- Patthána Sutta.-Three good results for which the
good life should be lived. Sutta Sangaha No.29; Itv.67f. Perhaps the correct
name is Patthaná Sutta. The Udána calls it Sukka Sutta.
- Patthánaganánaya. An Abhidhamma treatise ascribed
to Saddhammajotipála. Gv.64,74.
- Patthánappakarana. The last "book" of the
Abhidhammapitaka. It might be described as the book of "causes," and deals
with the twenty four paccayas or modes of relations between things, mental and
material. Its Commentary was written by Buddhaghosa at the request of a monk
called Culla Buddhaghosa.
- Patthánasáradípaní. A work by a monk named
Saddhammálankára. Sás. 48; Bode, op. cit., 47.
- Patthodanadáyaka Thera. An arahant. Ninety four
kappas ago he was a forester, and one day, when wandering in the forest with
his basket of rice, he saw the Buddha (Siddhattha?) and offered him the food.
- Patti. A Damila chieftain, ally of Kulasekhara.
- Pattipupphiya Thera. An arahant. He offered a
patti flower to the body of Padumuttara Buddha as it was being taken in the
procession for cremation. Ap.i.291.
- Pátubhava Sutta.
Six things, the manifestation of which in this world is rare. A.iii.441.
- Pavará. One of the five daughters of Vessavana,
appointed, with her sisters, to dance before Sakka. Vv.iii.4; VvA.131.
- Paváranakkhandha. The fourth section of the Mahá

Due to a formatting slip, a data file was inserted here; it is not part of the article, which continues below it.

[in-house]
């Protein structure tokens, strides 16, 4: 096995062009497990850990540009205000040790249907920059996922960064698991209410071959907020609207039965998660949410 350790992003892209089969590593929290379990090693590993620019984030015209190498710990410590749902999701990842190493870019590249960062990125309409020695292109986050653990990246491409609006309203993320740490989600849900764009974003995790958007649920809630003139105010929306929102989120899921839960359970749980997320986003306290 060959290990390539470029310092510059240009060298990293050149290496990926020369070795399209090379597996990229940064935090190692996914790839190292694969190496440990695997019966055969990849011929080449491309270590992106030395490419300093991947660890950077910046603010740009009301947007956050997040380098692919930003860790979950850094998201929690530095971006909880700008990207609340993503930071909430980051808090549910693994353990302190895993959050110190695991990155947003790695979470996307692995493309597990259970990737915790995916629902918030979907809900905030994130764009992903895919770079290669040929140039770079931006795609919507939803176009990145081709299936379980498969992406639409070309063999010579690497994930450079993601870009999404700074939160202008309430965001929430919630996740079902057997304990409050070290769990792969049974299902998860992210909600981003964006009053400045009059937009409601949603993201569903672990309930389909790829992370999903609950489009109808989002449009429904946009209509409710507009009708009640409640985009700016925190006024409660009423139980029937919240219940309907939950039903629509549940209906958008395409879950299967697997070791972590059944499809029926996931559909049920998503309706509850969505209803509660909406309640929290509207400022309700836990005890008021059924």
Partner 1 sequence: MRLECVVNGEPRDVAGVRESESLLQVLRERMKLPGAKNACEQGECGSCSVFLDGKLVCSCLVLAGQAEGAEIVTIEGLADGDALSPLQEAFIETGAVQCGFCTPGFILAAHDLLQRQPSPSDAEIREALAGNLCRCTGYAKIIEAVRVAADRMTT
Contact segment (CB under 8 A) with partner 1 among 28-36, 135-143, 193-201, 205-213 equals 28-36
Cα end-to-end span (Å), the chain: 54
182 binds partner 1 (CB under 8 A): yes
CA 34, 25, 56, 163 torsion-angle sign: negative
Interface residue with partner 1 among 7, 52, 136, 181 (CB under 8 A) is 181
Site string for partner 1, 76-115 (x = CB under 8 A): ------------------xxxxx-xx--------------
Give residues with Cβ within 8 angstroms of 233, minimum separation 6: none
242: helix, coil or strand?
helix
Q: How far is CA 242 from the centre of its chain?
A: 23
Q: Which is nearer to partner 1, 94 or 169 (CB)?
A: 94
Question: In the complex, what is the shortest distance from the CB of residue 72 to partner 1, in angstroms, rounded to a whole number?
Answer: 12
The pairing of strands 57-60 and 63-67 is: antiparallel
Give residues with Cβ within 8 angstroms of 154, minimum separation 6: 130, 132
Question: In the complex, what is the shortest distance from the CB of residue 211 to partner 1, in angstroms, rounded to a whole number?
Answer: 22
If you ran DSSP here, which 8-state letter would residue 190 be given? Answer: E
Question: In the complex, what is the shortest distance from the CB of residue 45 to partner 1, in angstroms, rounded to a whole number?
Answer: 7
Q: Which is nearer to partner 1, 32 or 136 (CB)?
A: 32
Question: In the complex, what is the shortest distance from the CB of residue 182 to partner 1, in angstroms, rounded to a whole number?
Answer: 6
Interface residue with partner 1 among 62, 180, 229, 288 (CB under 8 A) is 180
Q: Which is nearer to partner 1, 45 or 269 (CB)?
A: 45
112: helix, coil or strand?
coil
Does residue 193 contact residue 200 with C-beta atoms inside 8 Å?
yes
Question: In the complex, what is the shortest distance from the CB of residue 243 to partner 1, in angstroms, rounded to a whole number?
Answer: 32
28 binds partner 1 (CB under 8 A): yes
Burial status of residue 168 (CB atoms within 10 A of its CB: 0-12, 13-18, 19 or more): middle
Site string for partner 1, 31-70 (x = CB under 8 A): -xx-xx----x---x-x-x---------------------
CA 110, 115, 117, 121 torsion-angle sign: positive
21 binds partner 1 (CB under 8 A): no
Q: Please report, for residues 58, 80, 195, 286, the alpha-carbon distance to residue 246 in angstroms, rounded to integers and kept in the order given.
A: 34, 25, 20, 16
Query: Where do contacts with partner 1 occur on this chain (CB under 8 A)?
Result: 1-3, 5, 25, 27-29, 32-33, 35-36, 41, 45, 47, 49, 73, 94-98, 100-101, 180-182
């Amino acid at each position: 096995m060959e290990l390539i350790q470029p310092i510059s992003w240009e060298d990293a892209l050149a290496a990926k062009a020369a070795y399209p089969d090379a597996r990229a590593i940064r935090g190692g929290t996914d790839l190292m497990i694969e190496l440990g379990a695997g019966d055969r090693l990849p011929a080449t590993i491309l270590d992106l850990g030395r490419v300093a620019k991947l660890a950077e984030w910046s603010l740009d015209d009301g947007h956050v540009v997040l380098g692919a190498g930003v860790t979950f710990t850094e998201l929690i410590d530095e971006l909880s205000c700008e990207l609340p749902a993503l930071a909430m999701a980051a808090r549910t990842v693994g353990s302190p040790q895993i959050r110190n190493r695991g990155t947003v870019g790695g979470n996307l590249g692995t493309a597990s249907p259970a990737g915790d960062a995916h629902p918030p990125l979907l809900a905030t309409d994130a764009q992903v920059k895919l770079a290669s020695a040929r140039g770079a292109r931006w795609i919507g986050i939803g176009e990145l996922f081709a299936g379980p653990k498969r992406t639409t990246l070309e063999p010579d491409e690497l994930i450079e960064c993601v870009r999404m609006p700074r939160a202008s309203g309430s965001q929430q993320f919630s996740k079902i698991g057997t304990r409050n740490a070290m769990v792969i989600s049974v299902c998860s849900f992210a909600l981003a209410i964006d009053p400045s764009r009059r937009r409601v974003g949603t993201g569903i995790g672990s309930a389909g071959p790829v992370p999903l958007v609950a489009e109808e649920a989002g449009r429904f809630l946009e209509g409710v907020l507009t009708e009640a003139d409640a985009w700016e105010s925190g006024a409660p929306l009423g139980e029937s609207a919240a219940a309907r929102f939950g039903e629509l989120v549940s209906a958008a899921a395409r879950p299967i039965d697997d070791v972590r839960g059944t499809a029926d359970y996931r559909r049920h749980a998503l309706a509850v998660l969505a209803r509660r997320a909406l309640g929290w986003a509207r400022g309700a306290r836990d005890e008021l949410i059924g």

Vagga of the Vinaya Pitaka.
- Pavási Sutta.-A name given in the Sutta Sangaha
(No. 37) to Mitta Sutta (q.v.).
- Pavattá. A Pacceka Buddha. M.iii.70; MA.ii.890.
- Pavattaní Sutta. Religious talk is profitable
when they who teach the Dhamma are separately and together able to penetrate
the spirit and the letter of the Dhamma. A.i.151.
- Pavesana Sutta. Ten evil results of a monk
visiting the king's harem. A.v.81ff.; cp. Vin.iv.159.
Sutta. See Timsamatta Sutta.
An elephant. See Baddheraka.
Payága, Payágatittha, Payágapatitthána
A class of Nágas (D.ii.258). The Commentary explains (DA.ii.688) that they
lived in Páyágapatitthána.
Thera. An arahant. Ninety one kappas ago he offered a bronze bowl
filled with milk rice to Vipassí Buddha. Forty one kappas ago he was a king
named Buddha (Ap.i.157). He is probably identical with Vacchapála Thera.
- Payogasiddhi. A Páli grammatical work, belonging
to the Moggallána school, by Vanaratana Medhankara. P.L.C.230f.